Daily Archives: January 3, 2008

The Week in Wagers: 5th-11th January

Every week, we will try and (remember to) bring you a couple of possible earners that have caught our eye on Betfair. In case you’ve never used Betfair before or use other betting websites, it couldn’t be simpler. Simply register, and if you want to back for a win, you BACK, and put in your stake.

However, this is where Betfair is a little different, because YOU can also become a BOOKMAKER by backing for a negative result – by LAYING. However, you have to watch out here as if the result goes against you, you have to pay out the winnings. I haven’t ventured towards that end due to fear of being on the end of a shocker, but if you’re more steely than I am, maybe you’ll make yourself a bit of money.

Best of all, it offers the best odds around, meaning you’re daft to go anywhere else. I got 70/1 for Padraig Harrington to win the Open on the final day, while the others were offering just over half that. Anyway, do have a look – odds at time of posting will be in Betfair terms (which are slightly different) and in the normal 5/4 etc form. Of course, these can obviously change from the time of posting.

So, this week. Since we’re in FA Cup territory, we’ve had a look at potential shocks as well as the odds for the winner. There are definitely some enticing opportunities available.

Chasetown v Cardiff City is definitely the most romantic of the ties, with the British Gas League Midland Division Chasetown at 11.5 back (10-11/1) to knock out Cardiff, so it’s definitely for the ones whose heart rules over their head (me included…). However, if you’re of a more rational composition, you can 12.5 lay (11-12/1) – just watch out, mind. A replay is 5.2 back (4/1) which is also attractive, considering Chasetown are at home against an out-of-form Cardiff side.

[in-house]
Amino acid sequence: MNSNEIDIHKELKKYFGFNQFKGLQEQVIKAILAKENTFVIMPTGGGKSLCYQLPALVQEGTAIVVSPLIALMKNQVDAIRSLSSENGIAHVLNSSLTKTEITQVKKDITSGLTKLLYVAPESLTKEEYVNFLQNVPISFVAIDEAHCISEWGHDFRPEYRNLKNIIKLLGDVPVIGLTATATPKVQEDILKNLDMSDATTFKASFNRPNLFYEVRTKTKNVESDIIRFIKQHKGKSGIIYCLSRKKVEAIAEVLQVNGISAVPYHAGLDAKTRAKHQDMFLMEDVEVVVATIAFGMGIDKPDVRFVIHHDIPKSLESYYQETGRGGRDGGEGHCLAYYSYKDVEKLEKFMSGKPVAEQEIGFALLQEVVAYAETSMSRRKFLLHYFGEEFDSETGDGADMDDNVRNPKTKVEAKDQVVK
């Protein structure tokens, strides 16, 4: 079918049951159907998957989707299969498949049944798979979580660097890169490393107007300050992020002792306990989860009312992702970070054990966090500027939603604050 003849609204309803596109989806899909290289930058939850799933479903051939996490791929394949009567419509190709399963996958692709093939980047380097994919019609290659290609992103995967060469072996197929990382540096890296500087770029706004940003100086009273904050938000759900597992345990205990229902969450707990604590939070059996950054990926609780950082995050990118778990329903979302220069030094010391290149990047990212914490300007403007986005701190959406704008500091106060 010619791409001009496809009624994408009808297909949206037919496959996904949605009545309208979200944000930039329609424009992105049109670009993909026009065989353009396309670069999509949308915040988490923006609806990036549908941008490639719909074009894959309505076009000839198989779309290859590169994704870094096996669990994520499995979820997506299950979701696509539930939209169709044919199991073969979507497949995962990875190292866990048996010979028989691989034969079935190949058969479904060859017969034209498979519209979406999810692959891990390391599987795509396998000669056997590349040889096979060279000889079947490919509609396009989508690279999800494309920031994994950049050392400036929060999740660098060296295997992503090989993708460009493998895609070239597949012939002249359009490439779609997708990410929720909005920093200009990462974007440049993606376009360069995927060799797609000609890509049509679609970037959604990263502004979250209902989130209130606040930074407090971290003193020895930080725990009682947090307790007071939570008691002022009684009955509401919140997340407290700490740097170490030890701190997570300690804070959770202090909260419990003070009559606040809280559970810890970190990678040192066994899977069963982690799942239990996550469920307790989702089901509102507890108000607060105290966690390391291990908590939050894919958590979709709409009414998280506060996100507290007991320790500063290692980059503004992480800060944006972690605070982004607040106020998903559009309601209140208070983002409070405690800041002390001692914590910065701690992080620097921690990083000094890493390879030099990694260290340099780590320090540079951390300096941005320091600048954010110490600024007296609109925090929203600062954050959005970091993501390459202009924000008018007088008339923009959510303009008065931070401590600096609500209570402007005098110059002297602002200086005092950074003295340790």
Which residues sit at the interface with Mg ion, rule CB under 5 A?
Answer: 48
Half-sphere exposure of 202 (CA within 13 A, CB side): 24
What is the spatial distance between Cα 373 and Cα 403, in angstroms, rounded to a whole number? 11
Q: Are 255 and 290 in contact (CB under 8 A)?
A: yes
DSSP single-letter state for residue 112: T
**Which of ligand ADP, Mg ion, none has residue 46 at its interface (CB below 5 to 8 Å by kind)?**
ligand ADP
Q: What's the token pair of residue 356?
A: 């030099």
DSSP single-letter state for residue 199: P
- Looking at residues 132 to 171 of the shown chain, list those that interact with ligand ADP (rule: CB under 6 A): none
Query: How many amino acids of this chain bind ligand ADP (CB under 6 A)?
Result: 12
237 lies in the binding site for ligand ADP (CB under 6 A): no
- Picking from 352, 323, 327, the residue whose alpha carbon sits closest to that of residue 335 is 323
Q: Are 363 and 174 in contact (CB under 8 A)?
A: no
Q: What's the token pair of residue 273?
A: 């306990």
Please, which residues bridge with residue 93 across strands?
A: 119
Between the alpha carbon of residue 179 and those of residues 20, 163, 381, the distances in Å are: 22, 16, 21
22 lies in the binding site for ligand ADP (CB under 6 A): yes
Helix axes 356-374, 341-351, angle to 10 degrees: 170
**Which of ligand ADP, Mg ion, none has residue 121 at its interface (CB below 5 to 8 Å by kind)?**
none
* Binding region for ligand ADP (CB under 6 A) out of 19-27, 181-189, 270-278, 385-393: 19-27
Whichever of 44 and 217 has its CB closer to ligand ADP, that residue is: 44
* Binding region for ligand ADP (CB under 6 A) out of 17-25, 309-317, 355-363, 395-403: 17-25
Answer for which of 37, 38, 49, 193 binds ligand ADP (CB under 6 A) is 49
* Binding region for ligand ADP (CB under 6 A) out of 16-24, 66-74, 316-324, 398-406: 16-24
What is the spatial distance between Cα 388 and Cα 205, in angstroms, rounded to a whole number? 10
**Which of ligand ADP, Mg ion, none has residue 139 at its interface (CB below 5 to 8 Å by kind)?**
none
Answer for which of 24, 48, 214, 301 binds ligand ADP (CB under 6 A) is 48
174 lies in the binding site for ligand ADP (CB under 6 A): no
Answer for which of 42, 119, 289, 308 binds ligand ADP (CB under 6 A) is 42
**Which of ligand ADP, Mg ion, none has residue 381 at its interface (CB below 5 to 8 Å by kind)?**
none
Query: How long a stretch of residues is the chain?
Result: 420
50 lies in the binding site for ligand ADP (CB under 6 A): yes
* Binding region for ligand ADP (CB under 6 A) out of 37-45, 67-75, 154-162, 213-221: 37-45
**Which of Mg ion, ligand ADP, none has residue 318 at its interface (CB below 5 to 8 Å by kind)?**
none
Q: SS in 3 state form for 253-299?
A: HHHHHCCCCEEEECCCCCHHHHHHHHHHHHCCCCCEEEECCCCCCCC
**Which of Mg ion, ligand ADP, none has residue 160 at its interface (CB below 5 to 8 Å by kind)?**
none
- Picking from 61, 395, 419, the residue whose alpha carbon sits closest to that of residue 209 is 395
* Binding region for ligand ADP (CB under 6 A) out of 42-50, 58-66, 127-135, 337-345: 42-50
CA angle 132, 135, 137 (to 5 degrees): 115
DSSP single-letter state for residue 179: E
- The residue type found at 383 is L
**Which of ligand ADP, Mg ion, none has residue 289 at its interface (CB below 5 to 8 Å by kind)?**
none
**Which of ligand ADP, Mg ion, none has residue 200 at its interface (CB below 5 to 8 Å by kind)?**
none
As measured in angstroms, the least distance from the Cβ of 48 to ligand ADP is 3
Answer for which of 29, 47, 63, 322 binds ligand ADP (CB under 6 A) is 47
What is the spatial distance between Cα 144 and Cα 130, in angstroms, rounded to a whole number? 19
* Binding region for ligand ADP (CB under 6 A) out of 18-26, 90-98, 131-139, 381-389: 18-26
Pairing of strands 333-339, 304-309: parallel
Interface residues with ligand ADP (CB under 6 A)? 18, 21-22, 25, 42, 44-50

Swansea City v Havant and Waterlooville is yet another potential shocker, and has fantastic odds, too, with Havant being at 17.5 back (16-17/1) to win and at 22 lay (21/1). I’d say this lay is a lot safer than the Chasetown opportunity, but it is the FA Cup…

Fulham v Bristol Rovers is also worth a look, with the Rovers at 9 back (8/1) to beat Hodgson’s new but struggling Fulham.

Meanwhile, Stoke City v Newcastle United, while not as attractive odds-wise as the above three, is perhaps your most likely source of a shock this weekend. Come to think of it, the odds are rather strange, with Stoke at 3.4 back (12/5) to Newcastle‘s 2.7 back (11/8) – very close indeed. Still worth a punt, mind you.